Skin Rashes

Common Skin Rashes: What To Look Out For And How To Treat Them

There are a number of things that can cause rashes on our skin, whether it is irritation from clothes, or using a new laundry detergent. Skin rashes are a pretty common occurrence throughout life and while some may be harmless and pass on their own, others could require proper treatment. It is important that you are aware of different skin rashes and how they present themselves, as it means you can spot the symptoms early on and get treatment. In this article, we will go over 4 common skin rashes and provide you with some details regarding what the symptoms look like as well as what treatments are available. It is good to know the basics of skin rashes as it means you can spot them early, so keep on reading to find out more.

Heat Rash

The first skin rash we are going to talk about is heat rash. As the name suggests, heat rash, or prickly heat, occurs when our skin has too much contact with the sun. Although heat rash can be uncomfortable and itchy, it is relatively harmless, and the symptoms will usually die down after a few days. The main symptoms of heat rash are mild swelling, itchy patches, and raised spots or bumps. Heat rash is quite obvious to look at and you should also be able to feel the raised spots if you gently run your hand over the affected area. Heat rash is not contagious, so you do not have to worry about passing it on to anyone else. If you are experiencing heat rash, then the best thing to do is apply a cool damp cloth on the area for up to 20 minutes. Try your best to avoid scratching the area and make sure that you wear loose-fitting clothing, so the area isn’t further irritated. When you do go back out in the sun, it is important that you wear sunscreen, to protect against any further damage.


Shingles is an irritating and painful rash that is caused by an infection. Often, shingles will first present itself as a headache or a tingling feeling in an area of the skin. You may also find that you feel unwell, and you may also experience some nausea. After a few days, it is likely that a rash will appear, usually on either the tummy or the chest. However, a shingles rash can appear anywhere on the body, so it is worth looking out for a rash if you are experiencing any of the other symptoms. The rash will be red and blotchy at first, before becoming itchy blisters. Although the blisters will be very itchy and irritating, it is important not to scratch them, as this will only make things worse. If you are experiencing a lot of pain with shingles, then taking painkillers should be your first action. You can also apply a cool compress to the affected area, in order to ease some of the irritation.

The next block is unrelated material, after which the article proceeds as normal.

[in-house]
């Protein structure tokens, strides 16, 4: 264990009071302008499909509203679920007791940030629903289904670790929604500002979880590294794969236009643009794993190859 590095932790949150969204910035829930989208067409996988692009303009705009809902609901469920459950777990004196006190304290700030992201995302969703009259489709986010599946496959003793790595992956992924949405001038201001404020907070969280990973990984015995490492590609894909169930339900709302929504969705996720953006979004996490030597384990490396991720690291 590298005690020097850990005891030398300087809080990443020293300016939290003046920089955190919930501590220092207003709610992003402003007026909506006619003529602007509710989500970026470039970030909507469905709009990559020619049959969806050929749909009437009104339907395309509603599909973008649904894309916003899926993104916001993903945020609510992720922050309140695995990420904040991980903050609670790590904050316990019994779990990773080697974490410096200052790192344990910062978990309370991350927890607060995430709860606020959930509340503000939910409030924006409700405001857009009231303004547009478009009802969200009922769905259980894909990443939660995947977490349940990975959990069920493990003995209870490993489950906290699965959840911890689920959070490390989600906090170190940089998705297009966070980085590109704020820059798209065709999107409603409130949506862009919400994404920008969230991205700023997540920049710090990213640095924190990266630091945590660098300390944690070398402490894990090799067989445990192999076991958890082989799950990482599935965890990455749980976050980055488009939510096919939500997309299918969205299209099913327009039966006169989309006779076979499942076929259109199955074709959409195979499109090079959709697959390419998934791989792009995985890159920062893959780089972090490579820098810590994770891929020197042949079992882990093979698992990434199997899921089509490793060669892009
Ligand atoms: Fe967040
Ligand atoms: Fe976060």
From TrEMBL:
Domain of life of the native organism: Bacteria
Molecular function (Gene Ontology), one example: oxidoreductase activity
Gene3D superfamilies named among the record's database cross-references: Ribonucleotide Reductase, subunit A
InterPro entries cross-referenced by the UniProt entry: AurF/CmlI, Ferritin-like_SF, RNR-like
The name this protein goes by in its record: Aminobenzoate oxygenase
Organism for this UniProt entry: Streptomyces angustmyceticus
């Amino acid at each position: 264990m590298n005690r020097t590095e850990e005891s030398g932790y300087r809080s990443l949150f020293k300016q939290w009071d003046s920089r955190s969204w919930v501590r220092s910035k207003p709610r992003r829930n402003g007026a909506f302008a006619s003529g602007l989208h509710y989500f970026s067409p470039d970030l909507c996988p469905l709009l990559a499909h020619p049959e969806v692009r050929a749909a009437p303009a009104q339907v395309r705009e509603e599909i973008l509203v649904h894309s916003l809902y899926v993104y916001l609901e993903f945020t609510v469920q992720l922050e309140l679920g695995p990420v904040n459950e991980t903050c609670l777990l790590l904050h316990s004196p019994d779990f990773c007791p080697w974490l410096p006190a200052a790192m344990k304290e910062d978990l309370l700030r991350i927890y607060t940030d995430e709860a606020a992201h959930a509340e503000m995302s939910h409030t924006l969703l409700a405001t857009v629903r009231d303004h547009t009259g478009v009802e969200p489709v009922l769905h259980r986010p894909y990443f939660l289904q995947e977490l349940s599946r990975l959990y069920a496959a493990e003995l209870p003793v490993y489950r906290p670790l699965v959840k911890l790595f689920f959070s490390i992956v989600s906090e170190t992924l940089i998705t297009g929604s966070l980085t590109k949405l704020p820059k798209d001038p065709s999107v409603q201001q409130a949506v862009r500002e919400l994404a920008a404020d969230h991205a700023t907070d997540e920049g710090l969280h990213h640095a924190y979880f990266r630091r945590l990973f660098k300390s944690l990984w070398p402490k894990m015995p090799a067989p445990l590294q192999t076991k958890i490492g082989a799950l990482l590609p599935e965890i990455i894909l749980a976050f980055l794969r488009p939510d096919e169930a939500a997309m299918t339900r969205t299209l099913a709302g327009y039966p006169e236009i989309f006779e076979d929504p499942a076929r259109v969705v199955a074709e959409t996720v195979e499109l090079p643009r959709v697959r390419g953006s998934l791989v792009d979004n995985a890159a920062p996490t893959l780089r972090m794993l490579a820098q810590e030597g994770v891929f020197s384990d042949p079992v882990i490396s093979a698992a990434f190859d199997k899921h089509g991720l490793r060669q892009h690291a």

Chickenpox is a very common skin rash that mostly affects children. Although you can actually get chickenpox at any age, it is far more likely for people to be affected by chickenpox when they are young, and then never experience it again. Chickenpox will present itself in a very obvious way; itchy spots will appear all over the body and they can feel very hot to the touch. The spots will quickly turn into blisters and then scabs, which can be incredibly itchy and irritable. The best thing to do to overcome chicken pox is to ensure that your child is drinking plenty of fluids, regularly having cool baths, and using cooling gels on the rashes. Chickenpox should go away after a couple of weeks, but if the rash is getting worse, you should contact your doctor for some advice.


Eczema is a common skin rash that can affect anyone at any age. Simply put, eczema is an extreme form of dry skin, which can be incredibly itchy and difficult to get rid of. Eczema will often appear in just a small patch somewhere on the body, but there are also times when eczema will spread all over the body. It will look like a small patch of dry skin, and it can become incredibly flaky and itchy the more it is left untreated. You may also find that the area of skin affected will crack and split and there may be some slight bleeding. If you find that you have developed eczema, it would be a good idea to contact your doctor for some advice. They will likely prescribe you some strong moisturising cream that you can apply to the affected area. Eczema can also be triggered by stress, so your doctor may advise that you avoid any stressful situations and start practising more self-care.

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